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Chapter 34. Security - Authorization

34.1. Configuration
34.2. Basic Concepts
34.2.1. IdentityType
34.2.2. User
34.2.3. Group
34.2.4. Role
34.2.5. RoleType
34.3. Role and Group-based authorization
34.4. Typesafe authorization
34.4.1. Creating a typesafe security binding
34.4.2. Creating an authorizer method
34.4.3. Applying the binding to your business methods
34.4.4. Built-in security binding annotations

Before using any of Seam's authorization features, you must enable the SecurityInterceptor by adding the following code to your application's beans.xml:


Seam Security provides a number of facilities for restricting access to certain parts of your application. As mentioned previously, the security API is centered around the Identity bean, which is a session-scoped bean used to represent the identity of the current user.

To be able to restrict the sensitive parts of your code, you may inject the Identity bean into your class:

@Inject Identity identity;

Once you have injected the Identity bean, you may invoke its methods to perform various types of authorization. The following sections will examine each of these in more detail.

The security model in Seam Security is based upon the PicketLink API. Let's briefly examine a few of the core interfaces provided by PicketLink that are used in Seam.

This is the simplest type of authorization, used to define coarse-grained privileges for users assigned to a certain role or belonging to a certain group. Users may belong to zero or more roles and groups, and inversely, roles and groups may contain zero or more members.

The Identity bean provides the following two methods for checking role membership:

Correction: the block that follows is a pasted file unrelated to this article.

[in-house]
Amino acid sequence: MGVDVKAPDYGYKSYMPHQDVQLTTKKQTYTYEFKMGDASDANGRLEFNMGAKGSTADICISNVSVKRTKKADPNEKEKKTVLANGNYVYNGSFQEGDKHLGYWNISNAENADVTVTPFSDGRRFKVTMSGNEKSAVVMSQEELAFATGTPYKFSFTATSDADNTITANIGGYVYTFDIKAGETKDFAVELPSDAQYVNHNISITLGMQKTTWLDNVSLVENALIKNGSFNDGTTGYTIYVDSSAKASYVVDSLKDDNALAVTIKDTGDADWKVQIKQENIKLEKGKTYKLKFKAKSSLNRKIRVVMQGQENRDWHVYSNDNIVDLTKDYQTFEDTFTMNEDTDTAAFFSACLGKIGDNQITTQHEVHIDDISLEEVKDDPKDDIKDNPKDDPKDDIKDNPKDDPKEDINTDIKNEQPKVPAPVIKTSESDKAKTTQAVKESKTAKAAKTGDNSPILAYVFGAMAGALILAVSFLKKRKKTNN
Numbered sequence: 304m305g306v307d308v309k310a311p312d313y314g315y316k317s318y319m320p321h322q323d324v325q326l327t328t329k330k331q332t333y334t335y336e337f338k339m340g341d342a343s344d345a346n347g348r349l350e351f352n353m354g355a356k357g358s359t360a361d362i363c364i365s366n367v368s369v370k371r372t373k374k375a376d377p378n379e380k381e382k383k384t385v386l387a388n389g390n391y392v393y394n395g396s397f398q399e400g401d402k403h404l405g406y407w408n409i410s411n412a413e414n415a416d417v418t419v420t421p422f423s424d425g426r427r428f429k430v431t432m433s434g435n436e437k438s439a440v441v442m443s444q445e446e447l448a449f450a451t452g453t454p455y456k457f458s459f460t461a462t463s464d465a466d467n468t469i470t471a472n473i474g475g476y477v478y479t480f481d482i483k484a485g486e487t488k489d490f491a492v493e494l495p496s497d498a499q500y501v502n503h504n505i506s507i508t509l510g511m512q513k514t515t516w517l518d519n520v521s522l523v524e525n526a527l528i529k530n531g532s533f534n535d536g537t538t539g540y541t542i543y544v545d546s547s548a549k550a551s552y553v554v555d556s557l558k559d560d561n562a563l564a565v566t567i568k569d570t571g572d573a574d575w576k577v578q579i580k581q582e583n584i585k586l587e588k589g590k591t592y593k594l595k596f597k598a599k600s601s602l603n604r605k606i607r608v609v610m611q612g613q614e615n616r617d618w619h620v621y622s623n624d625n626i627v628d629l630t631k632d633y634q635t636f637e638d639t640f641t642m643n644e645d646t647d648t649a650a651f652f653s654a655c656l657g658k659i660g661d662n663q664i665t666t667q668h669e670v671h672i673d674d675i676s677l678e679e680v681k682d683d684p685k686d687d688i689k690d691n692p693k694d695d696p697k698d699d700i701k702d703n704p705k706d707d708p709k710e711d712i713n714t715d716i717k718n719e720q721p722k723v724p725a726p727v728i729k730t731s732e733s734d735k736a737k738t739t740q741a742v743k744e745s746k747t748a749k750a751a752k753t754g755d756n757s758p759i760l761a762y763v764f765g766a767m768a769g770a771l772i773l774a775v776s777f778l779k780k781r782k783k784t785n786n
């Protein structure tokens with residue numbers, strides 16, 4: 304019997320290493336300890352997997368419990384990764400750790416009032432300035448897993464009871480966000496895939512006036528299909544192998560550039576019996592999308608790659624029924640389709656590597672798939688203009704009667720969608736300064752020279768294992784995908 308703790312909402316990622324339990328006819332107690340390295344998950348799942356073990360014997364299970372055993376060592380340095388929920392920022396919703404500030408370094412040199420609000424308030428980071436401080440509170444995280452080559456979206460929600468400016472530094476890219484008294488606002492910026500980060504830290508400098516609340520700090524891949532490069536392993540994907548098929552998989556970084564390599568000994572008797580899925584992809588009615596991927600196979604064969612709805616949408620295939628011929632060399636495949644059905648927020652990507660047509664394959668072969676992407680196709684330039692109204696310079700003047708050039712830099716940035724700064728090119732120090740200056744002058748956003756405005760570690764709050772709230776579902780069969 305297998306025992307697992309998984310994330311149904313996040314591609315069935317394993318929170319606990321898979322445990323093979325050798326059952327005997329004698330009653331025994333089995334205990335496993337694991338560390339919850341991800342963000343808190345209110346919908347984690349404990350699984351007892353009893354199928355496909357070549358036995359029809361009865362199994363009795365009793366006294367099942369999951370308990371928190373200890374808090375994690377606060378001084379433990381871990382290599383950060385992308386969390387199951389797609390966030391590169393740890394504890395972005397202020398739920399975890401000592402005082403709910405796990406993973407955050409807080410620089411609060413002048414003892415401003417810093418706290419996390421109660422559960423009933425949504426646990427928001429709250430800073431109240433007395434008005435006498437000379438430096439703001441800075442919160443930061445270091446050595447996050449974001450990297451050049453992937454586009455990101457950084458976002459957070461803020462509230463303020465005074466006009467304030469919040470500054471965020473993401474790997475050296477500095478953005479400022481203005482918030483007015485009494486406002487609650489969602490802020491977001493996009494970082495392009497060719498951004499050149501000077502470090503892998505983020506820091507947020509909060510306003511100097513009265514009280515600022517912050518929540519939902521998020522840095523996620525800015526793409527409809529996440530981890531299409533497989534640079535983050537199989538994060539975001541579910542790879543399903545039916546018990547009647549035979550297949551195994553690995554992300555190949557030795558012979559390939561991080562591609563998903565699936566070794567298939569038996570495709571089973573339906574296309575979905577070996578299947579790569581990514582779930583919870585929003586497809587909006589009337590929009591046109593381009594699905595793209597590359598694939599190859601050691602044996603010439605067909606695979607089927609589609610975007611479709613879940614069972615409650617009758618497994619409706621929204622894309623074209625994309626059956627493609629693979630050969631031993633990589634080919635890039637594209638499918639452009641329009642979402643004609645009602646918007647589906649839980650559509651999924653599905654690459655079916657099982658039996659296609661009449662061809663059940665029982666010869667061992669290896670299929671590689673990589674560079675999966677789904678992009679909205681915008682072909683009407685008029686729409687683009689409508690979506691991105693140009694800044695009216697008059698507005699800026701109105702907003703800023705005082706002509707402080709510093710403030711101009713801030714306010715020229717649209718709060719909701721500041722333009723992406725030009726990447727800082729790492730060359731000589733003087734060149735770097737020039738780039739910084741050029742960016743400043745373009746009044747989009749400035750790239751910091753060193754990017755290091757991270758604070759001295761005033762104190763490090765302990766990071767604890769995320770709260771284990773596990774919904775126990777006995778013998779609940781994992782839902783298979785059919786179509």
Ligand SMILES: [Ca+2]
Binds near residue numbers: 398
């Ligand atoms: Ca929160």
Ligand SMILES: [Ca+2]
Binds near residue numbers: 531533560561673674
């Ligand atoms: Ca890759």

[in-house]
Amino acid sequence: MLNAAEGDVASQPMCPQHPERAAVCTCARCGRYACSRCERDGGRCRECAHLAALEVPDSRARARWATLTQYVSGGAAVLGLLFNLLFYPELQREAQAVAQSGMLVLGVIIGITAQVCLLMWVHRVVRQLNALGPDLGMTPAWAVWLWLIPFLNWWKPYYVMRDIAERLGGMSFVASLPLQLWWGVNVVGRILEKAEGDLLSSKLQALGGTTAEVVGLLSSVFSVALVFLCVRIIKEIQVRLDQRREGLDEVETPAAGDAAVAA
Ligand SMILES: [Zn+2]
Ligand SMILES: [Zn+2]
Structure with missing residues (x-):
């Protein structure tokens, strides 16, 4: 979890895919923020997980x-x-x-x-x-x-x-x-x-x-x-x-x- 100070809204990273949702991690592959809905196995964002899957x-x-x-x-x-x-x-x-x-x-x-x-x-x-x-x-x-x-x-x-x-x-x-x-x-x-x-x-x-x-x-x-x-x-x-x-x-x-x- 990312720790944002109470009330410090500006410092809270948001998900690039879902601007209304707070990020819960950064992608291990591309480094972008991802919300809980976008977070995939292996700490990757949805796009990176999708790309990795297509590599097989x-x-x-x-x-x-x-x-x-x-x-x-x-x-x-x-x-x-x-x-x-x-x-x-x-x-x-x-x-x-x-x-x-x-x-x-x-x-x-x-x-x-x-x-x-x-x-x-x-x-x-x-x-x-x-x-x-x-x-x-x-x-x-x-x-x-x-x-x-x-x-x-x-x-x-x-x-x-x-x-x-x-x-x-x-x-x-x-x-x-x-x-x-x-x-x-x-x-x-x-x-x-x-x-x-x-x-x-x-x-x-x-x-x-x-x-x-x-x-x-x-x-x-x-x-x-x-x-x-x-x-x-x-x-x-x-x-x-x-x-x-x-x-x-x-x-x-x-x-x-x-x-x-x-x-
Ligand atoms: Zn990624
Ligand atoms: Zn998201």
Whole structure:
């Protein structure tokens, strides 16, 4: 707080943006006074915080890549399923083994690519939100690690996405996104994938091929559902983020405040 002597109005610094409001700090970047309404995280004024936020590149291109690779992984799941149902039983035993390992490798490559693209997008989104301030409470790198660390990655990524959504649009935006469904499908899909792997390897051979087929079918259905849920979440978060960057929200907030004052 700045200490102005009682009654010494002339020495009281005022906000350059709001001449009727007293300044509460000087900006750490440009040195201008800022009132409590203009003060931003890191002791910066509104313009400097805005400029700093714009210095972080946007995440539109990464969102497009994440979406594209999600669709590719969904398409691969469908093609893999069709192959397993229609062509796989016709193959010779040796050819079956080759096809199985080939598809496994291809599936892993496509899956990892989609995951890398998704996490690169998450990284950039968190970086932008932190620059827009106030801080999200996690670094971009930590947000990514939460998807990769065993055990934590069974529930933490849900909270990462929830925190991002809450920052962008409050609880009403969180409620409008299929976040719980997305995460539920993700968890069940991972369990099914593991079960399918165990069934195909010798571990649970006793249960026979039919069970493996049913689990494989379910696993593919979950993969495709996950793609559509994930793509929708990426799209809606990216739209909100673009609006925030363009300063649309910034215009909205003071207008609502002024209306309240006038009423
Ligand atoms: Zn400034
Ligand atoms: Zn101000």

boolean hasRole(String role, String group, String groupType);
void checkRole(String role, String group, String groupType);

These two methods are similar in function, and both accept the same parameter values. Their behaviour differs when an authorization check fails. The hasRole() returns a value of false when the current user is not a member of the specified role. The checkRole() method on the other hand, will throw an AuthorizationException. Which of the two methods you use will depend on your requirements.

The following code listing contains a usage example for the hasRole() method:

   if (identity.hasRole("manager", "Head Office", "OFFICE")) {

Groups can be used to define a collection of users that meet some common criteria. For example, an application might use groups to define users in different geographical locations, their role in the company, their department or division or some other criteria which may be significant from a security point of view. As can be seen in the above class diagram, groups consist of a unique combination of group name and group type. Some examples of group types may be "OFFICE", "DEPARTMENT", "SECURITY_LEVEL", etc. An individual user may belong to many different groups.

The Identity bean provides the following methods for checking group membership:

boolean inGroup(String name, String groupType);
void checkGroup(String group, String groupType);

These methods are similar in behaviour to the role-specific methods above. The inGroup() method returns a value of false when the current user isn't in the specified group, and the checkGroup() method will throw an exception.

Seam Security provides a way to secure your bean classes and methods by annotating them with a typesafe security binding. Each security binding must have a matching authorizer method, which is responsible for performing the business logic required to determine whether a user has the necessary privileges to invoke a bean method. Creating and applying a security binding is quite simple, and is described in the following steps.